Ministry of Steel presents secondary steel sector awards to 26 mini steel companies
In a first, the Ministry of Steel gave away secondary steel sector awards to 26 mini steel companies at a function in New Delhi. The awards have been instituted in order to encourage the secondary steel sector, as it plays a key role as a growth engine for the national economy.
The Union Ministry of Steel on September 13, 2018 gave away secondary steel sector awards to 26 mini steel companies in recognition of their contribution to the national economy.
The awards were presented by Union Minister of Steel, Chaudhary Birender Singh, at a function in New Delhi. While 12 companies were awarded gold certificates for their performance during 2016-17, 14 were awarded silver certificates.
Speaking on the occasion, Chaudhary Birender Singh said secondary steel sector contributes to more than half of the total steel production in the country. The awards have been instituted in order to encourage the secondary steel sector and enhance their global competitiveness.
The strong performance of the secondary steel sector has given a significant boost to India’s steel production.
The sector plays a key role as a growth engine for the national economy and employment generation.
Encouraged by the overall potential of the sector, the Union Government has taken various initiatives to improve its performance.
The initiatives include:
• Supporting energy efficiency projects (energy conservation and control of GHG emission) and research and development activities.
• Strengthening institutional support.
• Protecting domestic producers from below-cost import from foreign countries through anti-dumping measures.
• Launching an award scheme to recognise and encourage progressive units for adopting energy-efficient technologies and innovative measures.
The National Steel Policy 2017 has set a target of 300 million tonnes per annum of production capacity by 2030.
India’s production capacity has already reached 137.97 million tonnes (MT) in 2017-18.
Looking at the current growth pattern, India is expected to rise to the second position after China.
One of the most significant aspects of the secondary steel sector is that it reaches out to millions of people in the rural areas, meeting rural demand.
Growing in conjunction with the primary steel sector, the secondary steel sector holds enormous potential for growth and opportunities in the country.
This sector has certain specific advantages over the primary steel sector such as lower capital and land requirements and the capability to produce special sections and customised products.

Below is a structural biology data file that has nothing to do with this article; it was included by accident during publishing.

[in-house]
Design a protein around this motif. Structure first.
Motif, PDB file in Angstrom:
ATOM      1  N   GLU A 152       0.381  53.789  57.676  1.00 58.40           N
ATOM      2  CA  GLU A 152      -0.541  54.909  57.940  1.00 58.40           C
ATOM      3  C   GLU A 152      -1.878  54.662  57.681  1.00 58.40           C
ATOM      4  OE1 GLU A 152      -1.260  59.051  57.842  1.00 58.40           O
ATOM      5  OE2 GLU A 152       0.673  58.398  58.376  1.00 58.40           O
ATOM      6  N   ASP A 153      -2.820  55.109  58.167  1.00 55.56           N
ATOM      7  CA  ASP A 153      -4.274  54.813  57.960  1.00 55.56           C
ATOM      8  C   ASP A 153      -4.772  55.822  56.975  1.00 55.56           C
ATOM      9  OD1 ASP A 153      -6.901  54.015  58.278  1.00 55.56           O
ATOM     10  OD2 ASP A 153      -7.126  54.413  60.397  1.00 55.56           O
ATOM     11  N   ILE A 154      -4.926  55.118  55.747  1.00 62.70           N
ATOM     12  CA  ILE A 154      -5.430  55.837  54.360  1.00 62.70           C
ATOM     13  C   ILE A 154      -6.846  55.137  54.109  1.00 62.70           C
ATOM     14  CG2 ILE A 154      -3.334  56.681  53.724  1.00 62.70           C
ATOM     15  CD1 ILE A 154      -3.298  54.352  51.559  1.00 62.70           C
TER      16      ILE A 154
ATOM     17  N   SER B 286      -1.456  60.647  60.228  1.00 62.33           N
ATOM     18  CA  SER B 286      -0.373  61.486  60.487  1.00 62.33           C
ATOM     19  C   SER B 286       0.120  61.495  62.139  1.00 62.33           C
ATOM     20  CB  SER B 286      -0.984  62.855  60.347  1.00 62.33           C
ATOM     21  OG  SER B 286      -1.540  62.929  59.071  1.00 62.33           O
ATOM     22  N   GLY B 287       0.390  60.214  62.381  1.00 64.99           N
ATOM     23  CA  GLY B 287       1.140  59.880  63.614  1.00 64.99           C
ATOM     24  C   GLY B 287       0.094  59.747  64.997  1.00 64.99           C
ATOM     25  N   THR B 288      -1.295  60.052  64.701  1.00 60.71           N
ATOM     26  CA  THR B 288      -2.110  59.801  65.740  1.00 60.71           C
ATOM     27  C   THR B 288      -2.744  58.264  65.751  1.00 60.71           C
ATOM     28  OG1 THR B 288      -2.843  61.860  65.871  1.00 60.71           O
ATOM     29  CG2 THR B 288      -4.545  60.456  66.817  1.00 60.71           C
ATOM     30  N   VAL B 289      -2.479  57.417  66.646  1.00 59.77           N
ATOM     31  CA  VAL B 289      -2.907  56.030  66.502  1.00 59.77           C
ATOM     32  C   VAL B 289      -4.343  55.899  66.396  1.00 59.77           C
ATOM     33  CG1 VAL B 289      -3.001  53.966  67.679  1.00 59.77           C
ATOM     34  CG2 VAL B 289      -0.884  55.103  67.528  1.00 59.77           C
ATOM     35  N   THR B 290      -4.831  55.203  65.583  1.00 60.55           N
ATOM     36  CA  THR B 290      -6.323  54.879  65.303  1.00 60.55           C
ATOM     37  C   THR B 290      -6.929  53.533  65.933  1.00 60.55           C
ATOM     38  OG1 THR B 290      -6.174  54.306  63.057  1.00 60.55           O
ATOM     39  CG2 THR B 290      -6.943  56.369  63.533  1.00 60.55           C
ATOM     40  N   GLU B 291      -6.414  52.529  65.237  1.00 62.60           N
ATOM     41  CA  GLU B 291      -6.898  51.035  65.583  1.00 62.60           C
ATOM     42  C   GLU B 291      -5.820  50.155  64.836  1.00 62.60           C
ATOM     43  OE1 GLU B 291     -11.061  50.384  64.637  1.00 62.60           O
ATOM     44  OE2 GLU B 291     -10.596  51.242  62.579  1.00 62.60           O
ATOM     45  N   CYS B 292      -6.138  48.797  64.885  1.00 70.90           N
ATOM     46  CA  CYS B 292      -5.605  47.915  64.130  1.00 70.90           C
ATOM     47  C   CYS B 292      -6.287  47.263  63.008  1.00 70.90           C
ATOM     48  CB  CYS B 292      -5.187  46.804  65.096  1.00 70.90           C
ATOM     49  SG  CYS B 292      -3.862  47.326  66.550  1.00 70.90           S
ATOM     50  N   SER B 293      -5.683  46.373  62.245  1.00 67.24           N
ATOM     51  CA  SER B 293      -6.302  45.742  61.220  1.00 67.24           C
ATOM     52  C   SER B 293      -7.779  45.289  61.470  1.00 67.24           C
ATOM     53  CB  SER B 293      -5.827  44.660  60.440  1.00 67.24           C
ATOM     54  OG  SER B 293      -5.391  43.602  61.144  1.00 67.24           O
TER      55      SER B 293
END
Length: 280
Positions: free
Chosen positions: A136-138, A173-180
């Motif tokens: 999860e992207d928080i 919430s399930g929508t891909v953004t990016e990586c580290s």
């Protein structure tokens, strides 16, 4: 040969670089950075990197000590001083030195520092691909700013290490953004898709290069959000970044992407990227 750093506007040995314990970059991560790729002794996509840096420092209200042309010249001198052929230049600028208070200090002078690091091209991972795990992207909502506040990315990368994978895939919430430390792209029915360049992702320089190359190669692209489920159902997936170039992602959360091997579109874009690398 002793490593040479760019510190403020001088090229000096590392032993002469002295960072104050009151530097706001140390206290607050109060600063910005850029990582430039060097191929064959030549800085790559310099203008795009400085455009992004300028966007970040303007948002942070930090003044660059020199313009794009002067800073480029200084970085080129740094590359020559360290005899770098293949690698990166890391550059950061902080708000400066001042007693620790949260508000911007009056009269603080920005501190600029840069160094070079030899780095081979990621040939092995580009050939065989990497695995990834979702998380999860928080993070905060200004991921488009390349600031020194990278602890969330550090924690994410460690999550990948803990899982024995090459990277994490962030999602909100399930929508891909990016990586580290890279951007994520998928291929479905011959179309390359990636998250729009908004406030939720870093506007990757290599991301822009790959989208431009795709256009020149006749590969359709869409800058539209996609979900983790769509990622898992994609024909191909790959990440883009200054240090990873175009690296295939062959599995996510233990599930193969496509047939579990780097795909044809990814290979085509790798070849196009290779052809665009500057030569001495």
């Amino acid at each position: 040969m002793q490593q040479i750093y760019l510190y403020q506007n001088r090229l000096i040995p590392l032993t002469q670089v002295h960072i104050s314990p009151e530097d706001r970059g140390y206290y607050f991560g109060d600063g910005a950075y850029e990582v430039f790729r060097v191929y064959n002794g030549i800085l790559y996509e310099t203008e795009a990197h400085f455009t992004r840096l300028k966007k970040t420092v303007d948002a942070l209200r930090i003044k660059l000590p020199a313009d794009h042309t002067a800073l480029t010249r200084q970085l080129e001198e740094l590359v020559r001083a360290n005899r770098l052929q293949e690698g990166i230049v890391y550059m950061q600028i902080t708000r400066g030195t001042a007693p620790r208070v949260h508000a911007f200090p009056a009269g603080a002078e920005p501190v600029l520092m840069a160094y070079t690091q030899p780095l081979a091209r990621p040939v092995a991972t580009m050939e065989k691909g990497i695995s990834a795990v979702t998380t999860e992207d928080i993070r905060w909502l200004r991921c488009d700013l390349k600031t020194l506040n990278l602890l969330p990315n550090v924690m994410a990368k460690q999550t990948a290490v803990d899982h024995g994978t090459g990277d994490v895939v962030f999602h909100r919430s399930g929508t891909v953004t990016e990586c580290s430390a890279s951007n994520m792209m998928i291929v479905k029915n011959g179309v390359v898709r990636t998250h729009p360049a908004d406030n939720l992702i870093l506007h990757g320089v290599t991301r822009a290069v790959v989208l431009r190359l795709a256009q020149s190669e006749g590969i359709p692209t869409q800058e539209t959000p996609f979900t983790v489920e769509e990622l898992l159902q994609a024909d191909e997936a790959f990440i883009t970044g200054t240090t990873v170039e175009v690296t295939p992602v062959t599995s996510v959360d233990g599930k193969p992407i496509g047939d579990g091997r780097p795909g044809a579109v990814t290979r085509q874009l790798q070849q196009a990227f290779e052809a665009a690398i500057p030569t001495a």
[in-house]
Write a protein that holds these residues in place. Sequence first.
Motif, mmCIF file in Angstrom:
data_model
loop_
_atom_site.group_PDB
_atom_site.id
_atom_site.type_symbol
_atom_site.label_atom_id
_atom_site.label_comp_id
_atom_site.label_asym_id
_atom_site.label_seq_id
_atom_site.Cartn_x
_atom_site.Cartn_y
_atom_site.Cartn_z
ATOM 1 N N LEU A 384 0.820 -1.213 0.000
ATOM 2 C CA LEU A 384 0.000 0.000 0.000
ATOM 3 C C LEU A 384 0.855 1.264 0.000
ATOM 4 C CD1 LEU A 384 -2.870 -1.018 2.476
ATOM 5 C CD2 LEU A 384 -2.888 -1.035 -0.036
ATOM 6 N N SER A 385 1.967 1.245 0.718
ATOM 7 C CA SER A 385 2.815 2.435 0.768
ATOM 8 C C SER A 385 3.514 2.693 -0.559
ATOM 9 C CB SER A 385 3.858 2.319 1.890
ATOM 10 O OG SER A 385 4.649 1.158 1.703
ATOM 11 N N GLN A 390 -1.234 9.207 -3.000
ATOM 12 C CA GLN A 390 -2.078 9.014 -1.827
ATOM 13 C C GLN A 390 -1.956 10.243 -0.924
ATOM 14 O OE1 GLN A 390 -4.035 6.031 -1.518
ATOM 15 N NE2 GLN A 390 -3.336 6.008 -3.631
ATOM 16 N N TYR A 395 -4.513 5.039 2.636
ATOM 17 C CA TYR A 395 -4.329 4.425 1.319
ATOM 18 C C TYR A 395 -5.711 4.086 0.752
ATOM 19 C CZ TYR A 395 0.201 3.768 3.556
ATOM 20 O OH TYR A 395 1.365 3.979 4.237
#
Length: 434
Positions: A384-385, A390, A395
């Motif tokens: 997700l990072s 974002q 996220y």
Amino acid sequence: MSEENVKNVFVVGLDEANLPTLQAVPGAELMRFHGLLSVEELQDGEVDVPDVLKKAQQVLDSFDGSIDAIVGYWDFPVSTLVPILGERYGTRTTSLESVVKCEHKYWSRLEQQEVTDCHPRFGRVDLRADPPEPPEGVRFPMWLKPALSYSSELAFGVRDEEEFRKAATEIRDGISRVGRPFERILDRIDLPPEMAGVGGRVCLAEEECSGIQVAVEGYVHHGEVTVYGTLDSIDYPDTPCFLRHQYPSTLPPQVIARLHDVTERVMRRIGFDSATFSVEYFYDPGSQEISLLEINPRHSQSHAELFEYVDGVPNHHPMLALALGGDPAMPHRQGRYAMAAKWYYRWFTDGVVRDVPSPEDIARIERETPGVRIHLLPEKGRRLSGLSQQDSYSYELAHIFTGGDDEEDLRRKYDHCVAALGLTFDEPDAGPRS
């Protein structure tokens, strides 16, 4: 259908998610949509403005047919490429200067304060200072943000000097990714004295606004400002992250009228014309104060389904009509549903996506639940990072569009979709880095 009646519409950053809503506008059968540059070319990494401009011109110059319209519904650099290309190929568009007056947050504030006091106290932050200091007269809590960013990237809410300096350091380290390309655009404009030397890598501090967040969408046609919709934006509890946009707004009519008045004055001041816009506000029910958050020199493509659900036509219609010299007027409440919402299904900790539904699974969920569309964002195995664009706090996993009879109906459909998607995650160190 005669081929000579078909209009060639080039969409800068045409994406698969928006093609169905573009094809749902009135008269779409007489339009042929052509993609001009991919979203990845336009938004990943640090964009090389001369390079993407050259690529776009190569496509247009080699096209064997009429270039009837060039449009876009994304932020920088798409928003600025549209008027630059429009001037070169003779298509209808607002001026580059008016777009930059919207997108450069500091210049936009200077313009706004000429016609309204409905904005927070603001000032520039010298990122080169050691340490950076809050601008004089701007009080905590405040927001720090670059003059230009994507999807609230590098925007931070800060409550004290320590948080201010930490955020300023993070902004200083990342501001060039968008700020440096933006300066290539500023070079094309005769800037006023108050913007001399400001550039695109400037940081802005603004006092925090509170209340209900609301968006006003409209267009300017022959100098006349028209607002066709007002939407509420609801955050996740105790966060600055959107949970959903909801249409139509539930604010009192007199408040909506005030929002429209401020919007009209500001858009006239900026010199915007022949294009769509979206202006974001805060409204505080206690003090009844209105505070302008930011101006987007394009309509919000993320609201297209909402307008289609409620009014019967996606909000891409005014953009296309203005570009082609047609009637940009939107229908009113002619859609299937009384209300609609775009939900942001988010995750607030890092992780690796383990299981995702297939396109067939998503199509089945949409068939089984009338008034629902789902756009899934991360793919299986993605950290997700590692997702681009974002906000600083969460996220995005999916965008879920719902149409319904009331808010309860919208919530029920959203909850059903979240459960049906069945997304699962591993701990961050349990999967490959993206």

Hence, the sector is bound to play a major role in actualising the growth target of 300 million tonnes of steel production capacity by 2030.
Composition of the sector
The secondary steel sector comprises various sub-sectors including sponge iron units, EAFs, IF units, re-rolling mills, cold rolling mills, galvanising units, wire drawing units and tinplate producers.
These sub-sectors have an annual production capacity of less than 1 million tonne and meet the country’s demand for value-added steel products.
Background• The sector had a modest beginning with a small steel rerolling mill (SRRM) unit in 1928 in the industrial town of Kanpur, Uttar Pradesh.
• From there, the industry grew impressively and spread to different parts of the country over the years.
• By 1968, the sector grew to produce nearly 5 million tonnes of steel annually.
• The initial three clusters of the sector included Kolkata in West Bengal, Mumbai in Maharashtra, and Mandi Gobindgarh in Punjab.
• With the advent of induction furnace (IF) melting units in the early eighties, the sector further expanded in the country in cluster mode with a wider entrepreneurship base.
Steel Production in India
• India has so far achieved 103.13 million tonnes in 2017-18 in comparison to 97.94 million tonnes in the year 2016-17.
• The per capita consumption of steel is also steadily increasing and has reached about 69 kg per capita in the present scenario.
• The world crude steel production in 2017 also registered a growth rate of about 5.3 per cent in comparison to the previous year. The production stood at 1691.2 million tonnes.
• India ranks third globally behind China and Japan, with about 6 per cent share in the total world crude steel production
• The steel industry in India contributes nearly 2 per cent to the country’s gross domestic product (GDP).
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